New Manager

Renunciation is key to excellence

Mony K. Mathew | Updated on November 15, 2017 Published on January 15, 2012


IIMK zooms in on wisdom for management from Indian spiritual traditions.

Renunciation is key to achieving excellence in life as well as business; and to emerge as a true leader, one has to withdraw from ‘self' and move on to serve ‘others', said Prof. Debashis Chatterjee, Director, Indian Institute of Management Kozhikode (IIMK). He was delivering the keynote address at a symposium on ‘Practical wisdom for management from the Indian spiritual traditions' at IIMK last week.

Citing teachings in the Bhagavad-Gita, he stressed on the ability to withhold one's senses and thoughts when required. True renunciation would render people impervious to material turbulence surrounding them, he said, making them ‘white screens' where images come and go without leaving an imprint. He distinguished between ‘wish' and ‘will': the former being a weak instinct, while the latter is a strong intention of action.

M.K. Chauhan of Mahendra and Young Knowledge Foundation pointed out society's negative perception of business. He emphasised on the shift towards the triple bottom line: ‘Environment, Finance and Society'. According to him, good governance involves ‘transparency, accountability and equanimity'.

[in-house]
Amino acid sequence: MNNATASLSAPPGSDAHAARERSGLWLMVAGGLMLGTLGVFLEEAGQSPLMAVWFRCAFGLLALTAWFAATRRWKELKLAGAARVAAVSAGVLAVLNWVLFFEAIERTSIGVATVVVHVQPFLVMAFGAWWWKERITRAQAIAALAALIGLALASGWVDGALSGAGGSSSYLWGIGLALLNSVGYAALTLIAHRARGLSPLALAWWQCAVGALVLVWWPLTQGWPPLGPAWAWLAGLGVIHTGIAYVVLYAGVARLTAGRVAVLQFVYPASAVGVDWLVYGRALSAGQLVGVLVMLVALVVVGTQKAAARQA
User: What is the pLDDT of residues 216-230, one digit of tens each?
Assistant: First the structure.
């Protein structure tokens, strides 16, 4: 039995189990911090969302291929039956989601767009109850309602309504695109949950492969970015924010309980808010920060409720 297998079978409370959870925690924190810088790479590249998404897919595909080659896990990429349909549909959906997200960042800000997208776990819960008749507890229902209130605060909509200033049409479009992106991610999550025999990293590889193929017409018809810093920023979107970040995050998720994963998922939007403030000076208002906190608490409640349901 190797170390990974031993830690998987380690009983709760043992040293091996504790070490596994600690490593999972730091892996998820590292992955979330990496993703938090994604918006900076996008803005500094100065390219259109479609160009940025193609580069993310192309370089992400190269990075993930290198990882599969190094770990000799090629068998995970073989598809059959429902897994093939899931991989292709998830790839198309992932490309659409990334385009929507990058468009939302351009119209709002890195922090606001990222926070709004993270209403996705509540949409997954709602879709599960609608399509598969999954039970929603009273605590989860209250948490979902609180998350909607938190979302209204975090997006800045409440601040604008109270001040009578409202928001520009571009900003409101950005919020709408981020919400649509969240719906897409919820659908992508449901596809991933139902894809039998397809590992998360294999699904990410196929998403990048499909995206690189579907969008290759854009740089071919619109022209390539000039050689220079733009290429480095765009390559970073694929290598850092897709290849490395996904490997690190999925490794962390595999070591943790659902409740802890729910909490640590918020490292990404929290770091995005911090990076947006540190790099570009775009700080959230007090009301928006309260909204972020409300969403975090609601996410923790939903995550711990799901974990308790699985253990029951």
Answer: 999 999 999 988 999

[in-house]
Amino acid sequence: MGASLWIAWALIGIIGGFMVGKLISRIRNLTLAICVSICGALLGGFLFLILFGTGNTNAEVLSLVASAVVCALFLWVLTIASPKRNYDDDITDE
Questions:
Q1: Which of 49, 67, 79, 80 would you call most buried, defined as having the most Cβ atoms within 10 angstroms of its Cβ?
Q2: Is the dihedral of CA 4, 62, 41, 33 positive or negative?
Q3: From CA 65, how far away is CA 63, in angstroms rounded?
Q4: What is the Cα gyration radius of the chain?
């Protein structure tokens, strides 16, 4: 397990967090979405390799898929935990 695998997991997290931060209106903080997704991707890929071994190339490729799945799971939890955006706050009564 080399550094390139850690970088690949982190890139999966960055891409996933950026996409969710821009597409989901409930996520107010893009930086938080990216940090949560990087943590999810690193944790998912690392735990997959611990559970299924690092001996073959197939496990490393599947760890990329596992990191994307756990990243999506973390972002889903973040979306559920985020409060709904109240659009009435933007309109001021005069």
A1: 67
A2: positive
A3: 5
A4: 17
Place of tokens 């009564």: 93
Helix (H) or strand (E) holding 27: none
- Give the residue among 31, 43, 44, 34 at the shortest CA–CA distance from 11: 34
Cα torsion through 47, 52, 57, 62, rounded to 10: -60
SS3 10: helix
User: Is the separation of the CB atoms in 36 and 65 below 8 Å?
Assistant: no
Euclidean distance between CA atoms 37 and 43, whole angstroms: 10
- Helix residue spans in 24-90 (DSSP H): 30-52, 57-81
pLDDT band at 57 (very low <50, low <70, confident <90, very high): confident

Snehal Shah, founder and CEO, i2V solutions; and Professor at School of Inspired Leadership, delved into understanding yogic philosophy through the Panchakosha framework and applying it to organisational layers. She took the audience through the five layers of Panchakosha: Body ( Annamaya), Energy ( Pranamaya), Heart ( Manomaya), Brain ( Vignamaya) and Soul ( Anandamaya ).

She explained how these layers can be applied to the organisation through symbols and spaces, modes of communication, relationships and rituals and practices that ultimately lead to a sense of oneness in the organisation.

Speakers were many and so were learnings for future managers. The biggest possibly was that there's no escaping that doing good is good for the corporate world — and that spirituality could serve as a guiding light in that direction.

Published on January 15, 2012
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